1. Angelini, Diane EdD, CNM, FACNM, FAAN
  2. Blackburn, Susan PhD, RN, C, FAAN

Article Content

This issue of JPNN (15:4) focuses on medical complications, specifically maternal implications and neonatal concerns.


Gallbladder disease and pancreatitis are two nonobstetric, abdominal-related complaints seen during pregnancy. Pancreatitis is seen less often, but its primary cause is also gallstone-related, as with gallbladder disease. Angelini reviews the clinical management of these disorders in pregnancy and applies current clinical options and techniques.


Poole and Thorsen discuss renal disease in pregnancy and review physiologic adaptations and alterations during pregnancy. Complications with diminished renal function are explored and perinatal morbidity and mortality effects presented.


A commonly seen chronic disease, asthma is the most common respiratory complication impacting pregnancy. Physiologic changes during pregnancy affect asthma management during various phases of gestation. Murdock explores treatments in current management and their implications in fetal compromise.


Curran discusses Multiple Organ Dysfunction Syndrome (MODS). This syndrome may be difficult to decipher from other conditions occurring during pregnancy. The exaggerated changes of pregnancy may cause functional changes that migrate into the dysfunctional realm with obstetric patients. MODS is a serious condition and has had poor outcomes. An exaggerated systemic inflammatory response occurs initially prior to multiple organ dysfunction syndrome. Current theories and treatment of MODS in the obstetric patient are presented.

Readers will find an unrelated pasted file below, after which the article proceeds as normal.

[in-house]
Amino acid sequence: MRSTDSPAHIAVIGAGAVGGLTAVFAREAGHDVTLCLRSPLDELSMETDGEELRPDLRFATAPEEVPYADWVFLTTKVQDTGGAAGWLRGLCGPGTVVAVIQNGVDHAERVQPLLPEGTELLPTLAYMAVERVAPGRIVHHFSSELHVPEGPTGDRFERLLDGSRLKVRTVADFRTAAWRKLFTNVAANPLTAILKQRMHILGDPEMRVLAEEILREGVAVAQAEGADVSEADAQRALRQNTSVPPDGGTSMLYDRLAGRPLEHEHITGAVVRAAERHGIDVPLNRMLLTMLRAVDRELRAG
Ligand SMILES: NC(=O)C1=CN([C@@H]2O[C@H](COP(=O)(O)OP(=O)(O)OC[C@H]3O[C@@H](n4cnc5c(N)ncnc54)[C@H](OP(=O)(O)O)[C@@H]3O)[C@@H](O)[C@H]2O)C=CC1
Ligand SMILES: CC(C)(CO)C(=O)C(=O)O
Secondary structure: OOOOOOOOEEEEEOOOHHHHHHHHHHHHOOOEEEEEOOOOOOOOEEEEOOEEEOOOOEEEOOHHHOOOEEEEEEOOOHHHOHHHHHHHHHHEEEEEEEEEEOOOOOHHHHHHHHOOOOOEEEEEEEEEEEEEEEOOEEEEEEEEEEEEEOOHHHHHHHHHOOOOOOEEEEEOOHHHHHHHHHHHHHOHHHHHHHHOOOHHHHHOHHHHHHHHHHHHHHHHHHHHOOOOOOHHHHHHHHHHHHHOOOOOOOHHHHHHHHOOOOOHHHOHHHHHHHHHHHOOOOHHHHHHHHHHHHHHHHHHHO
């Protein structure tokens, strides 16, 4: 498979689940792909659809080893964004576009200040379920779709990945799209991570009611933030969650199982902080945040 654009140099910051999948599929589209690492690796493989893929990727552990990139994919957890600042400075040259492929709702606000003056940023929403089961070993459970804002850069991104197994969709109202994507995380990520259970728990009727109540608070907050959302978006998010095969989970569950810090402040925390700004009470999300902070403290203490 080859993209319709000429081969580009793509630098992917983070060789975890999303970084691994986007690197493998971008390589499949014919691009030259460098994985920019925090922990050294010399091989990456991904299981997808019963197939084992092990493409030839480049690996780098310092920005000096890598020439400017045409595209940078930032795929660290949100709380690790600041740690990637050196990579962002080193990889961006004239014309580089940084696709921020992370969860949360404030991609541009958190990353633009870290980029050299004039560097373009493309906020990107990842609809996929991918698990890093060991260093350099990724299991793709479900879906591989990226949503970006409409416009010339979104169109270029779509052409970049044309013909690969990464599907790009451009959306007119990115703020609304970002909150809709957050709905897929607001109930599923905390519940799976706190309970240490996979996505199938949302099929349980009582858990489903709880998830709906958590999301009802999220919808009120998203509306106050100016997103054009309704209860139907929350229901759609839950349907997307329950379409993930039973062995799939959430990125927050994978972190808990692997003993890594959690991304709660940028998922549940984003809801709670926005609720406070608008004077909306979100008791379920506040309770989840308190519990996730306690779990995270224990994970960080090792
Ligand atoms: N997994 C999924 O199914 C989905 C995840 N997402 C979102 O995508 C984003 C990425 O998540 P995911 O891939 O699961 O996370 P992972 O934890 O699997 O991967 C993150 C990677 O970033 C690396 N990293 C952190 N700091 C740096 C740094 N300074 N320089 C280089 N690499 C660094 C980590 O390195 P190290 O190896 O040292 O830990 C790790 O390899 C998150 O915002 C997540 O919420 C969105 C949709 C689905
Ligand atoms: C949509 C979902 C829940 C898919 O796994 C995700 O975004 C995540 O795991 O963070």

The article by Mercer and Skovgaard does not discuss a medical complication per se, but rather presents a new paradigm for examining neonatal transitional physiology, one that may prevent complications in both healthy and compromised infants. Mercer and Skovgaard point out the lack of evidenced-based rationale to support the practice of early cord clamping and challenge assumptions that this practice is without harm. They present a cogent argument that delayed cord clamping may have significant benefits to the neonate and enhance the transition from fetal to extrauterine life. This paradigm might help to explain pathophysiologic processes seen during the transitional process and lead to more effective treatment.


The last article continues the examination of perinatal substance abuse begun in the first issue of this volume. Ballard describes a comprehensive approach to the management of women in a methadone maintenance program and their infants. The emphasis of this article is on prenatal counseling of the women regarding how the baby will be observed and on options for managing the newborn who manifests symptoms of neonatal abstinence syndrome. Ballard discusses the use of breastfeeding for mothers who are in a closely monitored methadone program and presents a promising new option for management of these infants in a controlled environment.